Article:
If you don’t allow a /spawn command it might be worth considering setting one up just for the shopping mall.

If you have a proper shopping mall set up then you have another opportunity to get money back from players into the servers account, using Residences or similar you can easily rent out plots which players can build on.

A Shopping Assistant

Shopping Assistant by Leo Reynolds

If you do have a Shopping Mall a side effect you’ll probably see is “who’s selling red wool?” in chat and similar. There are a few plugins out there which can assist, such as ChestShopFinder which let’s players type “/buy wool:red” and receive a list of shops which do.

Controlling the 1%: Money Sinks and Spawned Items

A big risk is that you’ll get a couple of players who “master” the economy, they’ll control 90% of the wealth, the economy will dry up and no one spends. There are a couple of ways of helping to alleviate this.

You can sell items that are normally unobtainable to players, you’ll need to be careful you don’t unbalance the rest of your game play though. An example of such is items like Peaceful Monster Eggs, cracked/mossy stone bricks and other decorative bricks.

Temporary increase player ranks might be an option for you, access to some tools which will would help players but not imbalance things too much, a special prefix to show they are special (think reddit Gold).

Selling lots in your city (if you have one) rather then renting might be another option. You could also make it against your rules to horde money or cap your users bank accounts at a maximum value.

Farmable/Duplicatable Items

I’ve mentioned Emeralds so far as items you should avoid, further to that if you allow mob farms you may need to not accept Iron into HyperConomy due to Iron Golem farms.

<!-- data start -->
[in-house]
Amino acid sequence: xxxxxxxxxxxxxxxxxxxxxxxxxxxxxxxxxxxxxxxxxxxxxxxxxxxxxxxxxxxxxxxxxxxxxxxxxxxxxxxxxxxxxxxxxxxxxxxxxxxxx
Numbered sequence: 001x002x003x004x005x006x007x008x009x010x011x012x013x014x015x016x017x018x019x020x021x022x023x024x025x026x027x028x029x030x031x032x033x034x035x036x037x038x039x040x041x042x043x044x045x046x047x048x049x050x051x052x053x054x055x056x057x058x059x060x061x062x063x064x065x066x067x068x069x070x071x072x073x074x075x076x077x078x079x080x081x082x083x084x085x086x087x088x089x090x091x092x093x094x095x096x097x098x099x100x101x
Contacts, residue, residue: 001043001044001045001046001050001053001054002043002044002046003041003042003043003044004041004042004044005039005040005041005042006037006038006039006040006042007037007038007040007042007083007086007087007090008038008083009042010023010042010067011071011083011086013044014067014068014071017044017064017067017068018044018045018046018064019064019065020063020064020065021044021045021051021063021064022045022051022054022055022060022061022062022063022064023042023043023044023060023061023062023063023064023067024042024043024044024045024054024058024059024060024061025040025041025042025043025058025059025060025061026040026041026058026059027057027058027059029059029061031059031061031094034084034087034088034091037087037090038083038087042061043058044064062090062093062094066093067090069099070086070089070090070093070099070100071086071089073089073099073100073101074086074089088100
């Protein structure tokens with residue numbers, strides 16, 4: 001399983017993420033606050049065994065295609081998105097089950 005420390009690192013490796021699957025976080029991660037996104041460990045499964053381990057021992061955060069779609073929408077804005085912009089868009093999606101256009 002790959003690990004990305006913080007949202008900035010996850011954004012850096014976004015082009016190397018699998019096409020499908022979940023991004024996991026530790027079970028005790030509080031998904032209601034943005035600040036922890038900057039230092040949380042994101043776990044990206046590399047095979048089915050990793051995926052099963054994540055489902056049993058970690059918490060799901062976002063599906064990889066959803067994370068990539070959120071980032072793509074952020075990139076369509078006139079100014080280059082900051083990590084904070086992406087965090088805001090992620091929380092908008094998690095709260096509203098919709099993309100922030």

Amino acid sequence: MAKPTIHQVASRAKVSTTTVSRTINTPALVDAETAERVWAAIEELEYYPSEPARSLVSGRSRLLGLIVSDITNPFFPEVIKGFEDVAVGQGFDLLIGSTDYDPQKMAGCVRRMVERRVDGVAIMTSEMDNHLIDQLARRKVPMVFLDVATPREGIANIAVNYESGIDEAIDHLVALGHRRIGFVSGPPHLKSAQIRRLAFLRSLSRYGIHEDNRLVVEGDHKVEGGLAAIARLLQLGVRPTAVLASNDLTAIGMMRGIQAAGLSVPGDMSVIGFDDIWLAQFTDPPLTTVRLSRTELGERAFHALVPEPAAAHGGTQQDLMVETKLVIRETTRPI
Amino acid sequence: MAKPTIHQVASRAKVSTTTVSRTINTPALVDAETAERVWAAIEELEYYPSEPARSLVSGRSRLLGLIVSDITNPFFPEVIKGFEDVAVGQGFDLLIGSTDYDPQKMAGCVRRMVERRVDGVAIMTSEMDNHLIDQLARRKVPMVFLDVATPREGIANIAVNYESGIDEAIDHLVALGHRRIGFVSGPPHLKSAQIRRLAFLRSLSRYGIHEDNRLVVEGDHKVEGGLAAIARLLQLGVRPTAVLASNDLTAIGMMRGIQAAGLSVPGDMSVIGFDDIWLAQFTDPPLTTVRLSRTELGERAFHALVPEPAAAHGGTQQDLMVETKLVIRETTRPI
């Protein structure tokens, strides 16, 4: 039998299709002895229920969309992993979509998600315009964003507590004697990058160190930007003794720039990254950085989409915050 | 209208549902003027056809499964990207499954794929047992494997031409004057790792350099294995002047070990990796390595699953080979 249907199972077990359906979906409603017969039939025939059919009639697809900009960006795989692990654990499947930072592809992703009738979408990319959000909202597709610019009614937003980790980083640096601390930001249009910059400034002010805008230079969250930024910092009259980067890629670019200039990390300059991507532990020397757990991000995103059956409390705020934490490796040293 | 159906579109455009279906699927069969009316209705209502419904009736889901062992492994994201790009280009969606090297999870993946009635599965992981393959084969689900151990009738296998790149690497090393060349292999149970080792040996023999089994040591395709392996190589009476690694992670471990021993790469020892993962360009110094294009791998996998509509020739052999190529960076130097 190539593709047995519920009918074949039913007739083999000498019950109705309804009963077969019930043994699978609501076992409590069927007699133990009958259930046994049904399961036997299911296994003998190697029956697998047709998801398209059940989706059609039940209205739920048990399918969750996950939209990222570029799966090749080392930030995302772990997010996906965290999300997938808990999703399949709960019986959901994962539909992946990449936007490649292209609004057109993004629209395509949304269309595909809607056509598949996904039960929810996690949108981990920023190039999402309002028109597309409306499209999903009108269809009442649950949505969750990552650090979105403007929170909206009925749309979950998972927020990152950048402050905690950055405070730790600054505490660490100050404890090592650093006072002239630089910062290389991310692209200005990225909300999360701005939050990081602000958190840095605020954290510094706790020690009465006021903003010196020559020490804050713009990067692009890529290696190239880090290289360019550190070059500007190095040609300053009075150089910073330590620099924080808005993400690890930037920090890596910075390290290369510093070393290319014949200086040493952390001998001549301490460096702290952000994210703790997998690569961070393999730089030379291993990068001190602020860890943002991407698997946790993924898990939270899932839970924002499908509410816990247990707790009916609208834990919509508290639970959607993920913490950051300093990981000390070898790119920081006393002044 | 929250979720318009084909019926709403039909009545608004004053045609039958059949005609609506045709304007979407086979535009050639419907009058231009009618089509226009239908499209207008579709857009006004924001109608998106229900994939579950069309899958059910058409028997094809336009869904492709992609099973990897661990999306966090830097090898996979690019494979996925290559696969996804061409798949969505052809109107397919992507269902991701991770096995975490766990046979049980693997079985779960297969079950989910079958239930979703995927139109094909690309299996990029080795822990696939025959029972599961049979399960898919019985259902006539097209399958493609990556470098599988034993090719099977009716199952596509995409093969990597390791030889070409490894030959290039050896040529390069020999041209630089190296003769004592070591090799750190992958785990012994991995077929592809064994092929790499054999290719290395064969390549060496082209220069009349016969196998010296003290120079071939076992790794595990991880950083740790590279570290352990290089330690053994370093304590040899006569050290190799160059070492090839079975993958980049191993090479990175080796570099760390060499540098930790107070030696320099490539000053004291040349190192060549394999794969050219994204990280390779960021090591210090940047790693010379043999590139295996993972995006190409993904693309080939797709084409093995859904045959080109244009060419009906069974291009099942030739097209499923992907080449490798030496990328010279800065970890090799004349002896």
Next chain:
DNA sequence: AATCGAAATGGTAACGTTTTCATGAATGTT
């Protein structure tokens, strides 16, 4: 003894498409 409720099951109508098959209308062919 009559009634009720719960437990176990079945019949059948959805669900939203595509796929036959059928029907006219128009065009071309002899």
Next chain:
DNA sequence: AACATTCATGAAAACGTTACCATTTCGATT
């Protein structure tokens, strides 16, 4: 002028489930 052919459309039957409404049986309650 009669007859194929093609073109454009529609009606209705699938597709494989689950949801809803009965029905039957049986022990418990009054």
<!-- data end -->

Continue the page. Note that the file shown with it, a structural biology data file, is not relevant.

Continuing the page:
Remember to try and figure out if the items can be easily made, such as food stuffs, cacti, etc. Players will start to sell or buy that on their own if they want, some players will sell food very cheap if they have large farms to help newbies.

Wood is another obvious thing to add in here, but another way to view it is that these are items everyone needs and by buying it you’re essentially buying the service of someone else cutting it down for you. Same with selling stone, someone else smelts it for you.

A word on selling XP and buying XP, be careful. Selling XP probably means that players will use mob grinders/XP farms less which may be good for your server. Buying XP however opens you up to players using grinders then selling. Allowing players to sell enchanted items easily seems a better solution then dealing in the XP it’s self.

Last Words

Running an economy can be a lot of fun for your players and a challenge for you, it is going to increase your work load at some level. It might be just monitoring the economy to ensure it’s not being exploited, managing leases in a shopping mall or trying to figure out who spent what where.

Give it a go and go cautiously, watch every Minecraft update and try to understand what each new set of changes will do to the economy.

TL;DR - Base economy on diamonds, gold and iron ratios, HyperConomy to get money to players, ChestShop/ShowCaseStandalone for players to trade, control inflation, DON’T TOUCH EMERALDS!